Out with the levers. In with the scanners.
A new era of voting begins this Primary Day when new electronic voting machines replace levers at polling places throughout Erie County, except the City of Buffalo, which will get the machines next year.
For the past 40 or 50 years, voters have cast ballots the old-fashioned way -- closing a curtain and pulling levers for the candidates of choice.
But on Tuesday, for the first time voters will use paper ballots that are electronically scanned. The new procedure is part of the Federal Election Commission's Help America Vote Act of 2000 that mandated states upgrade their voting systems.
The process promises to be simple, quick, reliable and accurate, local election officials said.
This is how it works:
An election worker rips off a ballot from a party ballot book -- green for Democrats; cherry for Republicans; canary for Independence; granite for Conservatives; and tan for Working Families.
The election worker gives the ballot to the voter and sends the person to a privacy booth, where the choices are filled in with a black pen. The voter then takes the ballot to the machine and feeds it through the scanner.
"It's not as hard as people think," said Dennis Ryan, the county's deputy Republican election commissioner, adding that staff will be deployed all over the county to help with setup and procedures.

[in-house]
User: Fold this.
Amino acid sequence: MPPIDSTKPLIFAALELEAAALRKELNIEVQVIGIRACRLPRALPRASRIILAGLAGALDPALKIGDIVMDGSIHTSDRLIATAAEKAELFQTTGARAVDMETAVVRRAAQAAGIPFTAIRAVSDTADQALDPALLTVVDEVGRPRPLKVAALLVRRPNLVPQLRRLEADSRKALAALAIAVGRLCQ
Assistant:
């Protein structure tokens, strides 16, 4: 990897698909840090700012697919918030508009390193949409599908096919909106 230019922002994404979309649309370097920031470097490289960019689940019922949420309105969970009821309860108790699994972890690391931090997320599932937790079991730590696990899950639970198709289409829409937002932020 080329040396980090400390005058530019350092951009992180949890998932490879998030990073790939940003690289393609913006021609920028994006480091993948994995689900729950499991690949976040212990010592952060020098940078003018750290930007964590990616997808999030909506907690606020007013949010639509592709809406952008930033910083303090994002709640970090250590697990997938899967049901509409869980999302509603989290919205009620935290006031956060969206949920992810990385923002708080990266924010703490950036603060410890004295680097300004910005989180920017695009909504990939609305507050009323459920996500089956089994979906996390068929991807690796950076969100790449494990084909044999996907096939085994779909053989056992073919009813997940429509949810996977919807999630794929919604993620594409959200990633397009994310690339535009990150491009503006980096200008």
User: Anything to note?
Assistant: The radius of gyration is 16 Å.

"We've been training for two weeks. We're running eight classes a day, training 3,000 on a totally new procedure," he said.
A training session Friday afternoon at the Harlem Road Community Center drew about 50 election workers who learned about the new equipment. By many accounts, the upcoming primaries should go off without a hitch.
"I've been doing elections for 20 years. It'll be smooth sailing Tuesday. The new machines seem easy," said 55-year-old Joseph Ognibene of Williamsville.
"It might be a little nerve-racking at first, but at our age, we're used to things being a little nerve-racking," said Emily Taylor, 82, of Williamsville, who was seated next to 88-year old Alice Zont.
"We'll just go with the flow," Zont said.
Next year, the new machines will be used in the City of Buffalo. The delay has been an issue of space, Ryan said. Towns tend to have better facilities, he added.
"It's a question of logistics of polling places themselves. In towns, they use schools and fire halls. There's enough room and enough chairs. In the city, they set up in hallways," Ryan explained. "We don't have tons of activity in the town [for the primaries], but it is enough to get our procedures and instructions down."
Although it has taken New York State since 2000 to implement the new mandate, the slow pace benefited voters because it gave other states a chance to work out the kinks first, officials said. The equipment to be used here is the same finally settled upon by Florida following voting irregularities there during the 2000 presidential election, Ryan said.
Another benefit to the paper ballot is that it serves as a fail-safe mechanism that protects the voter's privacy, election officials said. After each ballot is scanned, it goes into a secured drop box and can be hand-counted if necessary.
"People should feel confident their vote will be counted," Sion said.